High intensity interval training (otherwise known as HIIT) is definitely one of the big buzzwords in fitness these days.
And unlike some training methods and diets that peak, plateau and then lose steam and die, this one doesn’t seem to be a fleeting fad. If anything, it’s gaining more momentum with each passing year.
HIIT is certainly one of the various tools we use with our clients to help them gain fitness. This doesn’t mean every day is the most intense workout of your life. Far from it. It simply means sprinkling in high-intensity interval training into our regular strength and conditioning program has proven incredibly valuable to our clients.
And now there’s even more reason to believe HIIT should be included in your training diet, especially if you have Type II diabetes, or are susceptible to developing it.
A study published in April 2017 from the University of Turku in Finland looked at HIIT and insulin sensitivity.
The study monitored a group men in their 40s and 50s, all of whom were diabetic or prediabetic—meaning their blood sugar levels were close to being considered at diabetic levels—and examined at what happened with they added HIIT into their training.
In only two weeks of HIIT training, the group of diabetic and prediabetic men saw their blood sugar levels, their insulin sensitivity and their glucose metabolism improve dramatically. In fact, their blood sugar was reduced to the same level as the control group, which included healthy men with regular blood sugar levels.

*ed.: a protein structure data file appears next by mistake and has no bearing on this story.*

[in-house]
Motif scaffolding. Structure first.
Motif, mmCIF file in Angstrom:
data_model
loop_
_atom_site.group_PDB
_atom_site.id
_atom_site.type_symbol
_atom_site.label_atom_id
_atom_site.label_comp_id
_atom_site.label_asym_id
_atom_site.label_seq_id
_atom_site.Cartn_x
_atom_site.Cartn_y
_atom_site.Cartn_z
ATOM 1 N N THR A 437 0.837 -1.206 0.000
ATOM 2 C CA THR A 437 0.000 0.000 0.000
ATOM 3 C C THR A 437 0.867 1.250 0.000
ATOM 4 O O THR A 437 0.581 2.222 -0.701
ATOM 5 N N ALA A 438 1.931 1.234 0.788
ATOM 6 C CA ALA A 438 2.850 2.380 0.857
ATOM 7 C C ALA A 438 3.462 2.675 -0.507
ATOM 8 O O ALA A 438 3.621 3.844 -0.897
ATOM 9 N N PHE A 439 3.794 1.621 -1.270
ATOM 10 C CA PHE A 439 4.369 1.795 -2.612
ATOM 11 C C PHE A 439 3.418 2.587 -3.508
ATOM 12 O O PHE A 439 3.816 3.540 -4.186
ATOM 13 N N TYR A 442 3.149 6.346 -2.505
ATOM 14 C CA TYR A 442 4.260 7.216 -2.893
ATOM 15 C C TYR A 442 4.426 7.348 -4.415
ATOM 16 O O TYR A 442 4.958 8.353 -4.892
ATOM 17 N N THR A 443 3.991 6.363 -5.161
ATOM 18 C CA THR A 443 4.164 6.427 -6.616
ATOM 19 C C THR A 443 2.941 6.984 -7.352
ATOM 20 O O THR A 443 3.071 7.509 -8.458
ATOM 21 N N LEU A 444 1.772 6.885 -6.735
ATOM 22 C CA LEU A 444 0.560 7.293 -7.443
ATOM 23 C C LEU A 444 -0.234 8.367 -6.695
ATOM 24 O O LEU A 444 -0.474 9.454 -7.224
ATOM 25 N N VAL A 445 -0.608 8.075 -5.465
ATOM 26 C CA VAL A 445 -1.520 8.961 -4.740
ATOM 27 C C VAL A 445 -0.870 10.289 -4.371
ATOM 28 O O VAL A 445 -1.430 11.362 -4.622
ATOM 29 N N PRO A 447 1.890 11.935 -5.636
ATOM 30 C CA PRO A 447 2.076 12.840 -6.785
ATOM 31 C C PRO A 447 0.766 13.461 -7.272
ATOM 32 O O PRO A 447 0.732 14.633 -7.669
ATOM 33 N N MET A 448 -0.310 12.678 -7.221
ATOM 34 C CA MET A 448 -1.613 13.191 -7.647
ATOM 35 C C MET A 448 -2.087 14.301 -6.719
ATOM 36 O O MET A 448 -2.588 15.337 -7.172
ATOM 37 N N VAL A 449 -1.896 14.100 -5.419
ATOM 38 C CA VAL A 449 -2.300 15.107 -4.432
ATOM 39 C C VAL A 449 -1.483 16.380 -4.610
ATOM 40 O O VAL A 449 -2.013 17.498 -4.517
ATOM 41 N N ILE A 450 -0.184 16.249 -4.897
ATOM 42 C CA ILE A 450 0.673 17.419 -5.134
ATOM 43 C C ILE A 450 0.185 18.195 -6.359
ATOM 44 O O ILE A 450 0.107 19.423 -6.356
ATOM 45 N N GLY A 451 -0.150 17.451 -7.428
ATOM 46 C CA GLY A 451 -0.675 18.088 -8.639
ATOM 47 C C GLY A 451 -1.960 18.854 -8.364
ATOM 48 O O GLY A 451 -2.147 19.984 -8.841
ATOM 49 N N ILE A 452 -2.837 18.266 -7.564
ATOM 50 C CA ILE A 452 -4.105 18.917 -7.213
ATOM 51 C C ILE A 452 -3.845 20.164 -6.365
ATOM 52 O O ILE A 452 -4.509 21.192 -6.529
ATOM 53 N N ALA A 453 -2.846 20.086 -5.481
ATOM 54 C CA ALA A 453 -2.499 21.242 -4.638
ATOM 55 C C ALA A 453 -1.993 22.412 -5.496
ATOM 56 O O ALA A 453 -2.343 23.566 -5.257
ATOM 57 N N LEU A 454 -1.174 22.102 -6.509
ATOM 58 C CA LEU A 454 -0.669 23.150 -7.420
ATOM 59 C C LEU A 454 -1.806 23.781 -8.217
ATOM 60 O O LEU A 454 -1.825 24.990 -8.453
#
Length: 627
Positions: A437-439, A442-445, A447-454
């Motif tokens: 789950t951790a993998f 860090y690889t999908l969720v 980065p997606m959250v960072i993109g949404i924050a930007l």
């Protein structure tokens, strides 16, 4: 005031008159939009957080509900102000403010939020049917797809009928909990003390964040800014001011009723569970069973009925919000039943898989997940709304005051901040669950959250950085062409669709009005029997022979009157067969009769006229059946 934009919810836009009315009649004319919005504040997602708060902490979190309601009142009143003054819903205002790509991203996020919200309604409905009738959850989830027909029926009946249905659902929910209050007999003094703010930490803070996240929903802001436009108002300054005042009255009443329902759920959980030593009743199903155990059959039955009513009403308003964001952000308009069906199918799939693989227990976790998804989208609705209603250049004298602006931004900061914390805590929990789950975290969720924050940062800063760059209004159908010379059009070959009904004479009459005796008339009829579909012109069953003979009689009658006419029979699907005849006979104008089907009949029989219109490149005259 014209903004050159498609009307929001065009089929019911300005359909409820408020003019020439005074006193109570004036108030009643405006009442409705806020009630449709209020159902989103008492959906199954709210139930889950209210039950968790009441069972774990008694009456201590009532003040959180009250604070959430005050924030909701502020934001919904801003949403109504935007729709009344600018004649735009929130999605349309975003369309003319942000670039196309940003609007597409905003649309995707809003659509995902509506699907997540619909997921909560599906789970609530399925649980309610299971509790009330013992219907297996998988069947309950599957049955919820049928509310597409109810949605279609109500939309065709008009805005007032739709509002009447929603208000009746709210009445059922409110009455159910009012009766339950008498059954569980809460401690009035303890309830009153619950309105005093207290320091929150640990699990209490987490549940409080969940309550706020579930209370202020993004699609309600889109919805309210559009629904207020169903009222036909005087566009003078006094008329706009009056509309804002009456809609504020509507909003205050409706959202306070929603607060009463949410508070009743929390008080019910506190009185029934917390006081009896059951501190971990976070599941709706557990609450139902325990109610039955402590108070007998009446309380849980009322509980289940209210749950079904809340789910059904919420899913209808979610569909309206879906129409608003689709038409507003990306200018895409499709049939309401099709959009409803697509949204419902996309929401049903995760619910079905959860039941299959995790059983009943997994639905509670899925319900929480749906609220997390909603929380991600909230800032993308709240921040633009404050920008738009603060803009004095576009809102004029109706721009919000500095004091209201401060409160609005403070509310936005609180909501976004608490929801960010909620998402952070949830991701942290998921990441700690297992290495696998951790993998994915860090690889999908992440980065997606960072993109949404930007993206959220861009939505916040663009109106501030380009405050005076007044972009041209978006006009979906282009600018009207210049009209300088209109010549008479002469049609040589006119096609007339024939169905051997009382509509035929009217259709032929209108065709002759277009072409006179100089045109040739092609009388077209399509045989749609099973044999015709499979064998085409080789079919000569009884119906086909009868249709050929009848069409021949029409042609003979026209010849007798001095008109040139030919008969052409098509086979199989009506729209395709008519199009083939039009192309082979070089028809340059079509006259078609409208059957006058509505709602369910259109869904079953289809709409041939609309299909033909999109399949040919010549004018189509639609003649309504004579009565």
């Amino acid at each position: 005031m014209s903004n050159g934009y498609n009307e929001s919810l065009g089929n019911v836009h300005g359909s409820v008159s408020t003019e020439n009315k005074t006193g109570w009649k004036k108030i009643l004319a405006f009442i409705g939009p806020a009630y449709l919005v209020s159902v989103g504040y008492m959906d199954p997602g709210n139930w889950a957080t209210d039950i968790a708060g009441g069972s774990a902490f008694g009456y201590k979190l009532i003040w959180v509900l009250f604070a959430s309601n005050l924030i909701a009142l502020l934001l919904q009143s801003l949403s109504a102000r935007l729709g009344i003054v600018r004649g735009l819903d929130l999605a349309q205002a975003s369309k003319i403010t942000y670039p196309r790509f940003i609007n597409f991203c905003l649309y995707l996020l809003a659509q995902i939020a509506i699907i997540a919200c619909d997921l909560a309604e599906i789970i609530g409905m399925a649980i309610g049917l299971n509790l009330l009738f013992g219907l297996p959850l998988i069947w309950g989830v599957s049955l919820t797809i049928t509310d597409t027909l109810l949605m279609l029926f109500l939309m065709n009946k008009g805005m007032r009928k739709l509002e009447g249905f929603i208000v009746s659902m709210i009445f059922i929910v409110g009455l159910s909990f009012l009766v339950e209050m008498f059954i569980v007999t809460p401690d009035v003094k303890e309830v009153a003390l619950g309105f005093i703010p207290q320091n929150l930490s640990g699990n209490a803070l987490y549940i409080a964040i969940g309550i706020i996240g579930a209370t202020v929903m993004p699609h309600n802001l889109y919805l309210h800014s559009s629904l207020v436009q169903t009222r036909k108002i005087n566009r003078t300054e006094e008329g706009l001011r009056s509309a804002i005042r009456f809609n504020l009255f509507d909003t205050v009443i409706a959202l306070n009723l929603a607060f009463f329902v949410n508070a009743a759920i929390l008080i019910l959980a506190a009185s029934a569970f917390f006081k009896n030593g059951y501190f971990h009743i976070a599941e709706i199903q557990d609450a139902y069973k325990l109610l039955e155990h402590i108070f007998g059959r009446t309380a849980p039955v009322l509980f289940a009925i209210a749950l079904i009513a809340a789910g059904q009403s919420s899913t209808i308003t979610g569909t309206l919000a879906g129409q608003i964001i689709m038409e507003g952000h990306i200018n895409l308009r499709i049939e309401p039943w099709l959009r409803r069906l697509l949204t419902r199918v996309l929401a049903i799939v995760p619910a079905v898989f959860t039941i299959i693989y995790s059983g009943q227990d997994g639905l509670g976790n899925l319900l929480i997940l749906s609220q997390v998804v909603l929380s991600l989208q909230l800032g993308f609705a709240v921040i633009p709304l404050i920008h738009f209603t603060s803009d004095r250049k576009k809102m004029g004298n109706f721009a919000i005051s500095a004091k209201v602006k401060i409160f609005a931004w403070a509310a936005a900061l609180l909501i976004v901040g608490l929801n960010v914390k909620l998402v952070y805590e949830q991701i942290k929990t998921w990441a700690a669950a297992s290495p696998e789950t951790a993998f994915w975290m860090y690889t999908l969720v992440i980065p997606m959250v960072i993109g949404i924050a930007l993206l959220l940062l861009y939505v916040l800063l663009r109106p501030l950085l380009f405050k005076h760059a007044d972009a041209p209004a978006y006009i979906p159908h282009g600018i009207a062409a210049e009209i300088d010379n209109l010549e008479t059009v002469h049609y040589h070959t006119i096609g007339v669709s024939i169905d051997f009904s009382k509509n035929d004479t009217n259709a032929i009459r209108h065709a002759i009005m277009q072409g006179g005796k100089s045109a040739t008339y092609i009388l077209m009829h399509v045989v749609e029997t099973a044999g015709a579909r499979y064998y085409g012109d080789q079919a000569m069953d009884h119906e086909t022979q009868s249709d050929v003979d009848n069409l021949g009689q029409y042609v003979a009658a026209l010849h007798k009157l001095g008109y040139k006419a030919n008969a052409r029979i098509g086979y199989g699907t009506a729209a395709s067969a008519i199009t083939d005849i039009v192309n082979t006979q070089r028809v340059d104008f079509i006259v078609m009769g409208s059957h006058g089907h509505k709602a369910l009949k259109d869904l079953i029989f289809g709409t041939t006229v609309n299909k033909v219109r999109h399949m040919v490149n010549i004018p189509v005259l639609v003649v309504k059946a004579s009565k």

The Turku study is certainly not the only one that suggests HIIT improves health. Previous research also shows exercise can lower blood sugar levels as much as diabetic medication can. This one simply suggests HIIT is a particularly powerful type of training when considering metabolism and insulin.
5 Other well-researched benefits of HIIT include:
- It’s a great way to burn fat
- It increases your metabolism
- It’s good for your heart
- It helps increase cardiovascular endurance
- It helps increase your VO2 max (a measurement of how efficiently your body uptakes oxygen)
Again, this isn’t to say we promote a daily dose of 100 percent effort intensity training that leaves you in a heap of sweat and vomit. Making every day the hardest day of your life is counterproductive as it will undoubtedly lead to physical and emotional burnout.
But pushing, and even maxing out, your intensity level periodically—via both interval training and a more sustained effort—continues to prove its effectiveness both in the academic studies and at gyms like ours.